Living Fringe to the Fullest: James Song (Fringe Patron, Donor, & Board Member)

James Song had his love for Fringe on display before he was ever involved with the Festival. He’d been a passionate patron since 1984, when a friend first brought him down to Old Strathcona to check it out.  

James Song: Fringe Patron, Donor, & Board Member

“We see a show and I’m like, ‘Where did this come from? I live here and I don’t know about it,’” he recalls.  

“They had me at 16. I’ve followed Fringe through the years, it’s been such a huge part of my life.”  

Song even had a favourite Fringe fest poster—for 2011’s Fringeopolis—put up in his office at work. And that poster would ultimately help bring him into the organization itself.  

“One of my new partners, who was an existing [Fringe] board member, came in and said, ‘What’s with your Fringe poster?’” Song recalls. “I said, ‘Well, what do you mean? I love it.’ He said, ‘I might be leaving the board soon […] what about you?’ And I started to think about it: that would be an amazing experience.”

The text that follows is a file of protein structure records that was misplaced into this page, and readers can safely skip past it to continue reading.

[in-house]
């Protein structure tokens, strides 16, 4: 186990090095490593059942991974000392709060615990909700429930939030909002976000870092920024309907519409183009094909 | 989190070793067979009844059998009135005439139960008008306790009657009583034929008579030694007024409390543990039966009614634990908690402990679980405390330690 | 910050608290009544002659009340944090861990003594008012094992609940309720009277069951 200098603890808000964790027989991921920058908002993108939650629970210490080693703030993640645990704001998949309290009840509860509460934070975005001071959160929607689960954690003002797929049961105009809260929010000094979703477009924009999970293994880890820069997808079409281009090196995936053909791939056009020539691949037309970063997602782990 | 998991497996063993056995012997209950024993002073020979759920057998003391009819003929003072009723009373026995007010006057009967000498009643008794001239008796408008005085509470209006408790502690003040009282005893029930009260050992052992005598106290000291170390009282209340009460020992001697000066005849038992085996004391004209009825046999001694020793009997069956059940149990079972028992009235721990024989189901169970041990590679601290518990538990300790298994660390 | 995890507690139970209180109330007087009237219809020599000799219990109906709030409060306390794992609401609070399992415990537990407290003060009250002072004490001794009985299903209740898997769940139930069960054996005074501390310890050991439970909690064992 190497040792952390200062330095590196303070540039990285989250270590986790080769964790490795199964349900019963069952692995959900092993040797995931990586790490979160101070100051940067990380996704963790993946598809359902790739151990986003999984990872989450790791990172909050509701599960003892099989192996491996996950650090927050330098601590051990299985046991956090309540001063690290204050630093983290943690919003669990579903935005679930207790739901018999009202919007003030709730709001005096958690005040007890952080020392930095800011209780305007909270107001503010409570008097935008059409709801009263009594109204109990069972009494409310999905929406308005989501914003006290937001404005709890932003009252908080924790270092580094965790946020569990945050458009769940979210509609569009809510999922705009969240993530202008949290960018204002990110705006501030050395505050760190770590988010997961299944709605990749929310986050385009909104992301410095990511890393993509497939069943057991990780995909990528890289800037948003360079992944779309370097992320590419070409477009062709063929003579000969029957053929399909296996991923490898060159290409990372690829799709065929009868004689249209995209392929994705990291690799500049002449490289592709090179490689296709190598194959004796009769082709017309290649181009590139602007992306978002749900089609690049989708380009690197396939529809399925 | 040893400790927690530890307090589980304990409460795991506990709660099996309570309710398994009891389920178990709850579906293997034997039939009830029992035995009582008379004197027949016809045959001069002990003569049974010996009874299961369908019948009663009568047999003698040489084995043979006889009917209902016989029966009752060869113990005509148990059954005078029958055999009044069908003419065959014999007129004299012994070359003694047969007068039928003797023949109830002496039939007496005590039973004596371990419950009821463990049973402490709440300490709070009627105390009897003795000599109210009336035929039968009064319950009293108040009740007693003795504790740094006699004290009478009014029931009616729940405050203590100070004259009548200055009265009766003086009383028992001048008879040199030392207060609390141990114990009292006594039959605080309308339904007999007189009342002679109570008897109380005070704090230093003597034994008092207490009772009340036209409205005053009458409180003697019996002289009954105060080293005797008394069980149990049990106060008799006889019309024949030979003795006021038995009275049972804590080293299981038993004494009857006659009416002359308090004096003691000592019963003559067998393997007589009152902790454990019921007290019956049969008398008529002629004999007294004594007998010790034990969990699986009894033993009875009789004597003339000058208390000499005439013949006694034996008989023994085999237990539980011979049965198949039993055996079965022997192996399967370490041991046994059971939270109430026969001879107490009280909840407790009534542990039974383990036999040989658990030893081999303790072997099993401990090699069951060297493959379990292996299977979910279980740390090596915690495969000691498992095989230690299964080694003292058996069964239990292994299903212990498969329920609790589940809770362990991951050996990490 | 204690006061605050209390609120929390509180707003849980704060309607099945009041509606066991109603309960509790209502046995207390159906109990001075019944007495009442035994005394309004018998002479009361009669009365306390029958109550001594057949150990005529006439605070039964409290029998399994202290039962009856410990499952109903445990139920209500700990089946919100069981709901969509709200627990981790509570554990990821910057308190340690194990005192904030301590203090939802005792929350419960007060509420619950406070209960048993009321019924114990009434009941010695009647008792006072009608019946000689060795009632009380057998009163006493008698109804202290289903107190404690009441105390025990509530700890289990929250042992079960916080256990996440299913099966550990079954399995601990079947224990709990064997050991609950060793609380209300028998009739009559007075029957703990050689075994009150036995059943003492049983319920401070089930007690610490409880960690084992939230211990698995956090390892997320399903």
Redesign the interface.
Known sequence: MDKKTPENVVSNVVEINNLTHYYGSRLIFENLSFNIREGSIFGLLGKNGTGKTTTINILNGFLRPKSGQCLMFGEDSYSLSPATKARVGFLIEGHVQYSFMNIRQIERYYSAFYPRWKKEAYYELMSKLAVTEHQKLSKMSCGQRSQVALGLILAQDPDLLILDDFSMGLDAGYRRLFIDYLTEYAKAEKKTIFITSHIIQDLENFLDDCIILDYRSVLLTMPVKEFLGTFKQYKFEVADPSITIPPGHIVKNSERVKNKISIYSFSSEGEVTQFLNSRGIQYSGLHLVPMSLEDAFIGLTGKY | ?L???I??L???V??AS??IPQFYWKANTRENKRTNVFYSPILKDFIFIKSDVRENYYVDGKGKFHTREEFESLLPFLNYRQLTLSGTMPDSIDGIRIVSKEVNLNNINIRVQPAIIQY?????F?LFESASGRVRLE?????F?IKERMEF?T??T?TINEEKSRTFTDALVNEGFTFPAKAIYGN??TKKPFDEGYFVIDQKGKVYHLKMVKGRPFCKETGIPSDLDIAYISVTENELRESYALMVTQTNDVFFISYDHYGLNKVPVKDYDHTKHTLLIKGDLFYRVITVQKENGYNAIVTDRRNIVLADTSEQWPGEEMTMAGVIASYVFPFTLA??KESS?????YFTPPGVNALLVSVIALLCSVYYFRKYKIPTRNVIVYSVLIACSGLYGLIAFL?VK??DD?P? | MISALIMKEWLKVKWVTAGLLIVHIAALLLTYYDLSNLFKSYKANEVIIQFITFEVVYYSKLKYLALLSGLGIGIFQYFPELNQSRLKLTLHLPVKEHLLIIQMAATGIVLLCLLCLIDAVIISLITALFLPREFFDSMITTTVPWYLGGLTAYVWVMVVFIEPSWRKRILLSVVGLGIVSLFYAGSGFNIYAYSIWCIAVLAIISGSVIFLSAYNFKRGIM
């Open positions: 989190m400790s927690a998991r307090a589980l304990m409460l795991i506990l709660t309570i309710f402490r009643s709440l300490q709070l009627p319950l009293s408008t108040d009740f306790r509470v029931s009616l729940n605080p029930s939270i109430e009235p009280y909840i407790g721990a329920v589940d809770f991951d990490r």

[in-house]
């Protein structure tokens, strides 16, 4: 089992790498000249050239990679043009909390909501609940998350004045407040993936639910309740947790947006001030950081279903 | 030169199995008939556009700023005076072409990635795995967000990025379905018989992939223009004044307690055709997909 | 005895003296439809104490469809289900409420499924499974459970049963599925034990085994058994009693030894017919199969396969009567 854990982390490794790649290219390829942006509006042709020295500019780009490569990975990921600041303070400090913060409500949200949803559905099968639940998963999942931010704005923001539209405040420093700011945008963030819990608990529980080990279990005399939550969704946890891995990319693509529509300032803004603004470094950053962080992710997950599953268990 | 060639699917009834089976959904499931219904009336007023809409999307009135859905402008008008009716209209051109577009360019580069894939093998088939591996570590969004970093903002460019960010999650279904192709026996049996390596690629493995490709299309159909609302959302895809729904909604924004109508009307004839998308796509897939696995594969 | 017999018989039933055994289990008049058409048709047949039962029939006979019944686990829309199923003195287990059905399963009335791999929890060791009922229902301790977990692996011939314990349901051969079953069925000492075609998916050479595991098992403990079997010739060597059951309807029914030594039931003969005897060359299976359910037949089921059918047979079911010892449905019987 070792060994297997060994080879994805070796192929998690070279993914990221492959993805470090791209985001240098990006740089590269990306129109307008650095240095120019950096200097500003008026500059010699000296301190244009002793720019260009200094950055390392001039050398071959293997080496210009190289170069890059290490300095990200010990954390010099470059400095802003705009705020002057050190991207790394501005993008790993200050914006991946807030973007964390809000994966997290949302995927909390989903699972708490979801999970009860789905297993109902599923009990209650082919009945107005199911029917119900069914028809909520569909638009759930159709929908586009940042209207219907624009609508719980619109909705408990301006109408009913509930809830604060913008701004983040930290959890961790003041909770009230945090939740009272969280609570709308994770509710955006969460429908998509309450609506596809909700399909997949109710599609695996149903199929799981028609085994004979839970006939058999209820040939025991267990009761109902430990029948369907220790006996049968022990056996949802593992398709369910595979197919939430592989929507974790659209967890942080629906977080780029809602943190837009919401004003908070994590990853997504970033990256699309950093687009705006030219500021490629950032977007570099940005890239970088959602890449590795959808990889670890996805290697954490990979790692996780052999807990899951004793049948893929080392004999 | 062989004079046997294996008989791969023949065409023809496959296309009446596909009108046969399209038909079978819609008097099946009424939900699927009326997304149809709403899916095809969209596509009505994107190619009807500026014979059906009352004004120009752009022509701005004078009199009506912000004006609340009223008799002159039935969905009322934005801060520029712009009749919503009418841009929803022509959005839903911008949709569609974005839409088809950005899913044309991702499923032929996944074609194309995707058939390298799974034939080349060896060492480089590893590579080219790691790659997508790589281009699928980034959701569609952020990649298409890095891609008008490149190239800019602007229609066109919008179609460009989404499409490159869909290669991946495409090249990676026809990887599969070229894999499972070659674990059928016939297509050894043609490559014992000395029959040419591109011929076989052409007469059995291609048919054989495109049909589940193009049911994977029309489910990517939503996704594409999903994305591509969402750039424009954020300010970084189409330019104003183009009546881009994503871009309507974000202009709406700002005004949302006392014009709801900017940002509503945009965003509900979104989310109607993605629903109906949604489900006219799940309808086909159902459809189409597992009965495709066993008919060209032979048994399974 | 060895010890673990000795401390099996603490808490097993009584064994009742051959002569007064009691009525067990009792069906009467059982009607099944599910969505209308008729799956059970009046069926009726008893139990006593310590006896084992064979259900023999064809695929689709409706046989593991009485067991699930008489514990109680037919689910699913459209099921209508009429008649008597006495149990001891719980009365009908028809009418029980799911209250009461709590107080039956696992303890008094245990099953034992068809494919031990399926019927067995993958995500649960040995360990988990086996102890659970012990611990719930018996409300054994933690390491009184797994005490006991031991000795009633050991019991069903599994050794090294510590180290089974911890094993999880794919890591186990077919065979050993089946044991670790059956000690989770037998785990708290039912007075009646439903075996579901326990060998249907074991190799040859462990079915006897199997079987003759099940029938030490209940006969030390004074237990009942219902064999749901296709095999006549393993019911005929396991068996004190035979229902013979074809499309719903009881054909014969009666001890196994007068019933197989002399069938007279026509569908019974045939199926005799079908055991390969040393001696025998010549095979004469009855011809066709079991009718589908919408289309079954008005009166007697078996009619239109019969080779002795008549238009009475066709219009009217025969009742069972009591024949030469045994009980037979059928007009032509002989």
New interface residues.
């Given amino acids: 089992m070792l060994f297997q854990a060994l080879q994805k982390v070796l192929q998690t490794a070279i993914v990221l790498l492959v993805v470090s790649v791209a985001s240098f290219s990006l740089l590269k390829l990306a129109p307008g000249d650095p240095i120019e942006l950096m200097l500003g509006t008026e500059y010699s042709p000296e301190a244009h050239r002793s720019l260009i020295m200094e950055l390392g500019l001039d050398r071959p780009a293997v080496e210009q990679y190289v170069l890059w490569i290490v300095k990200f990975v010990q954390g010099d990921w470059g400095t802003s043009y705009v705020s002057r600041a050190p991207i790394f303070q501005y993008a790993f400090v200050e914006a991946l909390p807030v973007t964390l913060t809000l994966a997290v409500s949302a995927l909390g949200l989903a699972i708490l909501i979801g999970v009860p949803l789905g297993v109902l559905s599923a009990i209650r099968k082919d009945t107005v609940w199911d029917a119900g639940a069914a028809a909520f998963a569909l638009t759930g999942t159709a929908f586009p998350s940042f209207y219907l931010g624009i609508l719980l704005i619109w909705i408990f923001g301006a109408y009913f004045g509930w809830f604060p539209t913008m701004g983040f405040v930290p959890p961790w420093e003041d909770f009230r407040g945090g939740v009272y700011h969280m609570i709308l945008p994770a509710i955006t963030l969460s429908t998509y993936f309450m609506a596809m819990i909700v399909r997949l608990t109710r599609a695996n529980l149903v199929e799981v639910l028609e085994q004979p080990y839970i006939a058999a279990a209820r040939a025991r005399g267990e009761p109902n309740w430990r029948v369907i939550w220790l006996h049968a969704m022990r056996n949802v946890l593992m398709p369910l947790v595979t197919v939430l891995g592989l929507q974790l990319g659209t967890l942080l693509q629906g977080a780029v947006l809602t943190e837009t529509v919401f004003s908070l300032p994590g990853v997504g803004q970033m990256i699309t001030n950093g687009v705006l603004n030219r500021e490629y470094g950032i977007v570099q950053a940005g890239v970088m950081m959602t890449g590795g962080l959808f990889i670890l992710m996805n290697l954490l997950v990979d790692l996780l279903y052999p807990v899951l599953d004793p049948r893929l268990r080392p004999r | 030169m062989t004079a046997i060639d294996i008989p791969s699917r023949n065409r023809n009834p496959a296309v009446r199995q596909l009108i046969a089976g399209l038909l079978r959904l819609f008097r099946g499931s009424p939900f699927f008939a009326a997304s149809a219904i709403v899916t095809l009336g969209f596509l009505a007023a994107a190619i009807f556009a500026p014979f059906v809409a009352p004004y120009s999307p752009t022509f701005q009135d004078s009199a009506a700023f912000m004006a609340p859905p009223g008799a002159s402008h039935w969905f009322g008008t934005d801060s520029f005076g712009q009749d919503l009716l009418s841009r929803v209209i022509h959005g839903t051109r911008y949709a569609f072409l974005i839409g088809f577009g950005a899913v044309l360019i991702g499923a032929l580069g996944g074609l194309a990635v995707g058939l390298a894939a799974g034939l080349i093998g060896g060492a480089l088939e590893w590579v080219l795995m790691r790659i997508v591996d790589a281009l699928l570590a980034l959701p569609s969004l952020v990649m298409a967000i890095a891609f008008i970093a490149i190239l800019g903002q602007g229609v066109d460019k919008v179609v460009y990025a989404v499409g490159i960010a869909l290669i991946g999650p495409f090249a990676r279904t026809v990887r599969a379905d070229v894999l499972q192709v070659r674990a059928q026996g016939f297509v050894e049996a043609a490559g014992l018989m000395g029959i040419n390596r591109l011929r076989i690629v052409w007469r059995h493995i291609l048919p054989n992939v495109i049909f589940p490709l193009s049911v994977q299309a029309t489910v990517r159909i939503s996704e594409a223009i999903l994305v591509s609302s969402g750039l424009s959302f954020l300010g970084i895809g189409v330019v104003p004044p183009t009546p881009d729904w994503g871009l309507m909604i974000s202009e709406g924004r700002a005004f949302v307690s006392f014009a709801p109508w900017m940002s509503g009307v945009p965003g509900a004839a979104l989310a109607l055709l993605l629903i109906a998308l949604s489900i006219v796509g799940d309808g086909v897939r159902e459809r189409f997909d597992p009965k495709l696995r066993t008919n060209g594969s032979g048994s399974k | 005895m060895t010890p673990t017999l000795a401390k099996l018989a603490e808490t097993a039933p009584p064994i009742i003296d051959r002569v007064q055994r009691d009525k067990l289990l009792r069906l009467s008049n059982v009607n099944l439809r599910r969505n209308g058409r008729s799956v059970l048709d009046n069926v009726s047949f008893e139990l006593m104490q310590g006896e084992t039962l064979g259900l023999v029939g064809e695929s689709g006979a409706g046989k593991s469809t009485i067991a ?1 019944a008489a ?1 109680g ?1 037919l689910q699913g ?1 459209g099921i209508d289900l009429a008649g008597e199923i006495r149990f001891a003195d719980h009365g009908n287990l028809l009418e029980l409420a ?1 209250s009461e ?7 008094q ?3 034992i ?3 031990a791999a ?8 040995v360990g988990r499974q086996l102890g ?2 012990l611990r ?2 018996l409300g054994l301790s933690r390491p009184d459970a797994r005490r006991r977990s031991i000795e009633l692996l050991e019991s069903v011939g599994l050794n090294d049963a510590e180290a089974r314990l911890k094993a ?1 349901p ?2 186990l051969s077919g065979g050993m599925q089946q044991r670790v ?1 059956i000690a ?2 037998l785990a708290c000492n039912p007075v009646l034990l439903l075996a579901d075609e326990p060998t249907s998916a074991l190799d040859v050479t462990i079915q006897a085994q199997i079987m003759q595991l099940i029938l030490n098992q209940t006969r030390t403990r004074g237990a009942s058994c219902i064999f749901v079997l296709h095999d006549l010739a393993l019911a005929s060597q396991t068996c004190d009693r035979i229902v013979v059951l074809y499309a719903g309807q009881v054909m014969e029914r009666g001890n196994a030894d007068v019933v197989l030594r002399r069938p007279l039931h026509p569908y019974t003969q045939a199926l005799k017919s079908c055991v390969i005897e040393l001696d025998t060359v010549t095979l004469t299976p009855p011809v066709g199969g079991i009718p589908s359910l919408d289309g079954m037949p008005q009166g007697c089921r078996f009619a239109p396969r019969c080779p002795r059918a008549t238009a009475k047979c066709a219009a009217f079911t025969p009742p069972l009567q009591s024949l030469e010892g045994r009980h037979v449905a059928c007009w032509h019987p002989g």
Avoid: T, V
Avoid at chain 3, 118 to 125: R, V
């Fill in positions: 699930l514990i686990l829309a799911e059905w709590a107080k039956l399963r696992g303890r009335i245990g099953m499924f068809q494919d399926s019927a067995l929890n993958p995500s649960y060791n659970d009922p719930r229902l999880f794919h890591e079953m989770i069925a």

Sure enough, Song joined Fringe’s Board of Directors shortly after that. Getting involved in the behind-the-scenes side of Fringe has only deepened his appreciation for it.  

“The public sees this large, incredible eighteen- ring circus and they think it just magically rises,” Song says.  

“They don’t see all the backroom stuff: all the preparation, logistics, all the things that our staff do so well. It’s really quite brilliant.”  

The Festival has helped put Edmonton on the map, Song notes, as a beloved destination for performers and audiences alike. Some of his favourite Fringe memories aren’t even particular shows—though Marty Chan’s The Bone House holds a particular place in his heart.

Rather, what stands out to Song is how the Festival intertwines with the rest of our lives each and every August.  

“The Fringe is a backdrop to your life,” he says. “You fall in love there. Someone breaks your heart there. You go on dates, you meet friends. It’s woven into your personal history. I think everyone has those stories.”  


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